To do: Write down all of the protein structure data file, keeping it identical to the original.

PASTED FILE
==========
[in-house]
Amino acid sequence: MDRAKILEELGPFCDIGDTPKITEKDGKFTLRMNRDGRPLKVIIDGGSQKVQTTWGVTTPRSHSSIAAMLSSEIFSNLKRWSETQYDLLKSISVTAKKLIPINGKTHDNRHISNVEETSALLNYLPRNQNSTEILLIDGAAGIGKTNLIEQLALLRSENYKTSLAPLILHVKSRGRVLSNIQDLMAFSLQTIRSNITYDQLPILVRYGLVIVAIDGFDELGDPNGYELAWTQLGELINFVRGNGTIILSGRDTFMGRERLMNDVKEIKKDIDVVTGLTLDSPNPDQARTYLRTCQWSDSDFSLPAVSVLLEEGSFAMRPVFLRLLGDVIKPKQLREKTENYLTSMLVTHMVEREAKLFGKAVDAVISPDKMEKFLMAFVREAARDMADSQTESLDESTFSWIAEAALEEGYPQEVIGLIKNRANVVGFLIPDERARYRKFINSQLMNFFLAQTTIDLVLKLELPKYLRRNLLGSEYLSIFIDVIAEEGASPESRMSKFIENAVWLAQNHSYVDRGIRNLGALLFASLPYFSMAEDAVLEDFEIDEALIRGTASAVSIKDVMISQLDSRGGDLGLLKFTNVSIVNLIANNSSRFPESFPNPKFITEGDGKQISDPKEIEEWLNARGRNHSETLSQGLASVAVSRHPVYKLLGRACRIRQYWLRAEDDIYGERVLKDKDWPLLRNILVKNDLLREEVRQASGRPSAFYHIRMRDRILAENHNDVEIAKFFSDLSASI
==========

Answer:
[in-house]
Amino acid sequence: MDRAKILEELGPFCDIGDTPKITEKDGKFTLRMNRDGRPLKVIIDGGSQKVQTTWGVTTPRSHSSIAAMLSSEIFSNLKRWSETQYDLLKSISVTAKKLIPINGKTHDNRHISNVEETSALLNYLPRNQNSTEILLIDGAAGIGKTNLIEQLALLRSENYKTSLAPLILHVKSRGRVLSNIQDLMAFSLQTIRSNITYDQLPILVRYGLVIVAIDGFDELGDPNGYELAWTQLGELINFVRGNGTIILSGRDTFMGRERLMNDVKEIKKDIDVVTGLTLDSPNPDQARTYLRTCQWSDSDFSLPAVSVLLEEGSFAMRPVFLRLLGDVIKPKQLREKTENYLTSMLVTHMVEREAKLFGKAVDAVISPDKMEKFLMAFVREAARDMADSQTESLDESTFSWIAEAALEEGYPQEVIGLIKNRANVVGFLIPDERARYRKFINSQLMNFFLAQTTIDLVLKLELPKYLRRNLLGSEYLSIFIDVIAEEGASPESRMSKFIENAVWLAQNHSYVDRGIRNLGALLFASLPYFSMAEDAVLEDFEIDEALIRGTASAVSIKDVMISQLDSRGGDLGLLKFTNVSIVNLIANNSSRFPESFPNPKFITEGDGKQISDPKEIEEWLNARGRNHSETLSQGLASVAVSRHPVYKLLGRACRIRQYWLRAEDDIYGERVLKDKDWPLLRNILVKNDLLREEVRQASGRPSAFYHIRMRDRILAENHNDVEIAKFFSDLSASI